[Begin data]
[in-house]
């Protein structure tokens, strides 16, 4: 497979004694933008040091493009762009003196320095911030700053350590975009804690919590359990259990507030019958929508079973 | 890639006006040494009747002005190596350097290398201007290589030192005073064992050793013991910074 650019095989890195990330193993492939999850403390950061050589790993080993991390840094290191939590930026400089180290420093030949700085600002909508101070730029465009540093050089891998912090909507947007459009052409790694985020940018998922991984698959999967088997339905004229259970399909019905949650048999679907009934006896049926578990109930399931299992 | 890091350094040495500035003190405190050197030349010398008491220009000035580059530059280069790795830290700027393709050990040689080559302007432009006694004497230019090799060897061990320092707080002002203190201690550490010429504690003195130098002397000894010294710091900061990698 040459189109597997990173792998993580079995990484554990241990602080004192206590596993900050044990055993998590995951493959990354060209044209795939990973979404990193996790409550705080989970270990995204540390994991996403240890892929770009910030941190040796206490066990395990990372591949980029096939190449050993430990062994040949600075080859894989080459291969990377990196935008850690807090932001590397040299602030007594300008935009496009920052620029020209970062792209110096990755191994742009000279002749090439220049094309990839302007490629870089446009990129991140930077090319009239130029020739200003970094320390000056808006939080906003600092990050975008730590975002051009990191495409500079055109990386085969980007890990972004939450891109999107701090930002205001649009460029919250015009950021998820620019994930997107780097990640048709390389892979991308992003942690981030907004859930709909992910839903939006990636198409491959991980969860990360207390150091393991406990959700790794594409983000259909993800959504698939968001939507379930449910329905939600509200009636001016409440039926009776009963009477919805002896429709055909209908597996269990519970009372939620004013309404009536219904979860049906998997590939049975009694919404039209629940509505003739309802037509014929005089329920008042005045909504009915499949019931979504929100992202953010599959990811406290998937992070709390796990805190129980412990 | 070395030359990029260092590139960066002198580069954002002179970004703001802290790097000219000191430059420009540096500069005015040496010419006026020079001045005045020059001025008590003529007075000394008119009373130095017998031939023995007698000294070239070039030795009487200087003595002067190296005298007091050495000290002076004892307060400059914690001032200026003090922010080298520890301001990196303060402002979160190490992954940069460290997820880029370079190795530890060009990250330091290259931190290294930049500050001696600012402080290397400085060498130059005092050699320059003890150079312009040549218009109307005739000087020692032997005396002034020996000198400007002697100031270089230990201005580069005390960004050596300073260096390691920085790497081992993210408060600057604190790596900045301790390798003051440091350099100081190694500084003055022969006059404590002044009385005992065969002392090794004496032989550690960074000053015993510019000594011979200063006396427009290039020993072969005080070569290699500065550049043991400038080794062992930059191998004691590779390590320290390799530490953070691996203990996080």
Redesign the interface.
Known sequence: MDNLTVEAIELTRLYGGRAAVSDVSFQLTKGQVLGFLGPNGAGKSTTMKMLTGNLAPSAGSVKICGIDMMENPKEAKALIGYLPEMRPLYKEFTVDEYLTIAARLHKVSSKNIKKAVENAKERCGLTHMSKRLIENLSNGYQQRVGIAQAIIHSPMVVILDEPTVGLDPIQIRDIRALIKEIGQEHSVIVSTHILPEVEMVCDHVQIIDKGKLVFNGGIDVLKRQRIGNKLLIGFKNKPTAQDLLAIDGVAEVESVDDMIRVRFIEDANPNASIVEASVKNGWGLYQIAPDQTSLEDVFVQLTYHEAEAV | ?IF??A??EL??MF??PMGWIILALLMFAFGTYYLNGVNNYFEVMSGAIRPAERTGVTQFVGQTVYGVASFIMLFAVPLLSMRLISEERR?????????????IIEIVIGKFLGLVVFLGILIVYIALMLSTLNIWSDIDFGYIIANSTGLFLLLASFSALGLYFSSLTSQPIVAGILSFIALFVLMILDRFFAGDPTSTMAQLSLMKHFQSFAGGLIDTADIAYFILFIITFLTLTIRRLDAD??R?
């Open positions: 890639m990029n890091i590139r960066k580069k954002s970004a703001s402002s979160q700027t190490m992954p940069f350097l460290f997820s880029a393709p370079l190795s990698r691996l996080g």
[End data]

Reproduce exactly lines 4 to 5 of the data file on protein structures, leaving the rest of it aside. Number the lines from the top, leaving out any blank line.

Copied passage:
Known sequence: MDNLTVEAIELTRLYGGRAAVSDVSFQLTKGQVLGFLGPNGAGKSTTMKMLTGNLAPSAGSVKICGIDMMENPKEAKALIGYLPEMRPLYKEFTVDEYLTIAARLHKVSSKNIKKAVENAKERCGLTHMSKRLIENLSNGYQQRVGIAQAIIHSPMVVILDEPTVGLDPIQIRDIRALIKEIGQEHSVIVSTHILPEVEMVCDHVQIIDKGKLVFNGGIDVLKRQRIGNKLLIGFKNKPTAQDLLAIDGVAEVESVDDMIRVRFIEDANPNASIVEASVKNGWGLYQIAPDQTSLEDVFVQLTYHEAEAV | ?IF??A??EL??MF??PMGWIILALLMFAFGTYYLNGVNNYFEVMSGAIRPAERTGVTQFVGQTVYGVASFIMLFAVPLLSMRLISEERR?????????????IIEIVIGKFLGLVVFLGILIVYIALMLSTLNIWSDIDFGYIIANSTGLFLLLASFSALGLYFSSLTSQPIVAGILSFIALFVLMILDRFFAGDPTSTMAQLSLMKHFQSFAGGLIDTADIAYFILFIITFLTLTIRRLDAD??R?
């Open positions: 890639m990029n890091i590139r960066k580069k954002s970004a703001s402002s979160q700027t190490m992954p940069f350097l460290f997820s880029a393709p370079l190795s990698r691996l996080g």